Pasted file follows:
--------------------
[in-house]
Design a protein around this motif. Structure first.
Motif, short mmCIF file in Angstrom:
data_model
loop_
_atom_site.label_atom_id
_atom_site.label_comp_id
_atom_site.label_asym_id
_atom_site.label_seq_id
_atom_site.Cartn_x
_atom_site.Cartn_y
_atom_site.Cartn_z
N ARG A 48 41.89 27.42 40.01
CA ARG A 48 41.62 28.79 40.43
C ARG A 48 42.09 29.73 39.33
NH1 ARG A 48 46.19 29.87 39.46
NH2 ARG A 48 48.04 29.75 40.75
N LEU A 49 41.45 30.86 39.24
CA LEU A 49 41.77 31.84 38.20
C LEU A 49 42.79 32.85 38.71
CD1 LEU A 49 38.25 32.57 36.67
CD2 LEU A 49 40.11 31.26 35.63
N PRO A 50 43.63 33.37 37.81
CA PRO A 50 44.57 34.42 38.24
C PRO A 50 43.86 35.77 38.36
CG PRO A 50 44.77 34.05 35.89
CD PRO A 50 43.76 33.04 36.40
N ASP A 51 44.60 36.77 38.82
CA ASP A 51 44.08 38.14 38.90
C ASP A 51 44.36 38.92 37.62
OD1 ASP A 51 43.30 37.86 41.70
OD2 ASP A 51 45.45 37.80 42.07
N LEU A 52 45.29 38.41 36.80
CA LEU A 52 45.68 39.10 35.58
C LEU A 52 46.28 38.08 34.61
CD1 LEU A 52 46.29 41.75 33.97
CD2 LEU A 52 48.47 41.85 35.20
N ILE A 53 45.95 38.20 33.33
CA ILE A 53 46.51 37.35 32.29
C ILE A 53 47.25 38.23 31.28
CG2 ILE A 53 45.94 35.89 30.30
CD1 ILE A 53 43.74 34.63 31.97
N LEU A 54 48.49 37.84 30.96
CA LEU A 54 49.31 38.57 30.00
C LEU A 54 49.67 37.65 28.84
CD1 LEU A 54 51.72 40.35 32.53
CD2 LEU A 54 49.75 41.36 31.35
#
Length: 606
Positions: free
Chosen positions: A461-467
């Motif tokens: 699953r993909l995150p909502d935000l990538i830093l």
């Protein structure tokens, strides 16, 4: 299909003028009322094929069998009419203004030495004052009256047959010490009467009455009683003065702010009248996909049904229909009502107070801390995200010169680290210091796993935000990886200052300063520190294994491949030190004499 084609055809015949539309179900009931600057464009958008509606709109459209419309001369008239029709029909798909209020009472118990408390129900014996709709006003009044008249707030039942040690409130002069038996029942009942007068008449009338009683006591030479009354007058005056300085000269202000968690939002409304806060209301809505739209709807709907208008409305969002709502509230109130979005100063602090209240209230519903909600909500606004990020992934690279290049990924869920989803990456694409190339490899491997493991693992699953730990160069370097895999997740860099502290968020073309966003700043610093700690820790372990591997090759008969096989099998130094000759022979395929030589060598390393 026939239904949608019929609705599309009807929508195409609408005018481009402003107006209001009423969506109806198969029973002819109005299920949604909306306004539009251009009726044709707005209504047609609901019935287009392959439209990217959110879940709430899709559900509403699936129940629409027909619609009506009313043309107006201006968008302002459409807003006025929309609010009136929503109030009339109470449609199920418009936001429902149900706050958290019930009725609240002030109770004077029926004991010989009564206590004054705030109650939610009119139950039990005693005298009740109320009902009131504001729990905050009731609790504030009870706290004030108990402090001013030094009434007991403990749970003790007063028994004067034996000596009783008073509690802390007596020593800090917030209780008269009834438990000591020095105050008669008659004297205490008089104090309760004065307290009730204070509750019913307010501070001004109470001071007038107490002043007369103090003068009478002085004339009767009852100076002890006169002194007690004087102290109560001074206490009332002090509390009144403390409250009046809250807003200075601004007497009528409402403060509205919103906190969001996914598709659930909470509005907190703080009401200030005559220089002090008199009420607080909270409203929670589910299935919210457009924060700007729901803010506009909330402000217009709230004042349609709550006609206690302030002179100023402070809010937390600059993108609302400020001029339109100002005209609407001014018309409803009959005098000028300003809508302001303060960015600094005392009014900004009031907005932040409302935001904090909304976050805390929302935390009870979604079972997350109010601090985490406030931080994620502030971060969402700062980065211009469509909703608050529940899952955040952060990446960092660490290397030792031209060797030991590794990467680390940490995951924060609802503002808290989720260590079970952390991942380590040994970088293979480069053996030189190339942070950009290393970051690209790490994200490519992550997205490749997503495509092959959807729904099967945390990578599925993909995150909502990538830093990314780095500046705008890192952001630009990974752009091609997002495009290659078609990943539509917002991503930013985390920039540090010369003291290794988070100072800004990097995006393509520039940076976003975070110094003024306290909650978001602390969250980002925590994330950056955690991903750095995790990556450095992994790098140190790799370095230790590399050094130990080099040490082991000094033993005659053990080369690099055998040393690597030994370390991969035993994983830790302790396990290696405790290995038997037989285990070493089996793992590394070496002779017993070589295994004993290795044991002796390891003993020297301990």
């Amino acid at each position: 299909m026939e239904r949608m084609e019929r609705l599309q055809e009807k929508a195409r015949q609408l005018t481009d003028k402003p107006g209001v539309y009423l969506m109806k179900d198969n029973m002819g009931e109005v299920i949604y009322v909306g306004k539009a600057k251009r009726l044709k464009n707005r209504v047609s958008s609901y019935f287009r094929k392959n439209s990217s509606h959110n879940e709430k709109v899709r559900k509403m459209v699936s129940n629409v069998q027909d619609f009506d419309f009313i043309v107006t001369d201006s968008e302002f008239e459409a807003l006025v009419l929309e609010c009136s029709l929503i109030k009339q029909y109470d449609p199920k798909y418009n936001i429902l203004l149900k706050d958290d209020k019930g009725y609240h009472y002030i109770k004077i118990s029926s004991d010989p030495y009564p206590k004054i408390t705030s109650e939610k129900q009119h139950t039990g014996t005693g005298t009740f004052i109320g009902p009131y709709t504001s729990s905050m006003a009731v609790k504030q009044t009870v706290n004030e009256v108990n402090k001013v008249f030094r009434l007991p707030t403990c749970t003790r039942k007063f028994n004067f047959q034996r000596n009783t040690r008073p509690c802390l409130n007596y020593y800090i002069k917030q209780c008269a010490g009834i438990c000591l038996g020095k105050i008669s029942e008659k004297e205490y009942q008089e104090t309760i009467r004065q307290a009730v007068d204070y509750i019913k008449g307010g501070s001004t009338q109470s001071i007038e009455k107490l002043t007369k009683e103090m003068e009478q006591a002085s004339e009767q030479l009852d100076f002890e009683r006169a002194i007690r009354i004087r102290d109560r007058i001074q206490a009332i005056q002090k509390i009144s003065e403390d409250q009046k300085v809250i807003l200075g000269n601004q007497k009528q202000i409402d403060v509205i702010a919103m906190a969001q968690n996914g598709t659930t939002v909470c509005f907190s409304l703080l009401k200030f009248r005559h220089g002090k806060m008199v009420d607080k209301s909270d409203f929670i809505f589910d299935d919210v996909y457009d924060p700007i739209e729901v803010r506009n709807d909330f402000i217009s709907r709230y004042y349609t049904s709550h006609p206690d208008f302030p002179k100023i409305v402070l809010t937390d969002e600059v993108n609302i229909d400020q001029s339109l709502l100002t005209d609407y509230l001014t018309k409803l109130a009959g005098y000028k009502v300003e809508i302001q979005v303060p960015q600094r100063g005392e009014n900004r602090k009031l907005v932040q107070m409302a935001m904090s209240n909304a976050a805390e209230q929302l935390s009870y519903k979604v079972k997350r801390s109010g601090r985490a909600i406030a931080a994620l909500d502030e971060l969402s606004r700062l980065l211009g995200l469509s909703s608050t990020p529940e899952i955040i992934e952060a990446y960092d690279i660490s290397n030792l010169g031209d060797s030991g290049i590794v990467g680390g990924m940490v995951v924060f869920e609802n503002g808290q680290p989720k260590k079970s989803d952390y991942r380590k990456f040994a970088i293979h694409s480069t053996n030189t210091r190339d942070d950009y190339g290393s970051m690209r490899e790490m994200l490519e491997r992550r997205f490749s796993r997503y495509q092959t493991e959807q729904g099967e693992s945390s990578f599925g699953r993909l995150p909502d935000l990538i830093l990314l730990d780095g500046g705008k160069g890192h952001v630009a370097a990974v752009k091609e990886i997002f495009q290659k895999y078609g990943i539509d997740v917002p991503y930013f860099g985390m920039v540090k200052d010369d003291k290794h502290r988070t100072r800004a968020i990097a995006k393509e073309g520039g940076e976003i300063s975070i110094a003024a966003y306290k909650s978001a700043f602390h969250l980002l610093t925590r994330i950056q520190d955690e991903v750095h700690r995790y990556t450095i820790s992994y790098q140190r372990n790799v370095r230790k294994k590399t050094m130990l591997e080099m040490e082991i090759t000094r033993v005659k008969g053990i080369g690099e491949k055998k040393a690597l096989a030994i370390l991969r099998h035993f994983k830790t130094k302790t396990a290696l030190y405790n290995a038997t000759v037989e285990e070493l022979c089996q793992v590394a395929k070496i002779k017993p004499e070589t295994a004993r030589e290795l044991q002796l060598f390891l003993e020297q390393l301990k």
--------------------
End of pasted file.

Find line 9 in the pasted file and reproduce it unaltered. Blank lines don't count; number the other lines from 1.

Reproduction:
_atom_site.label_seq_id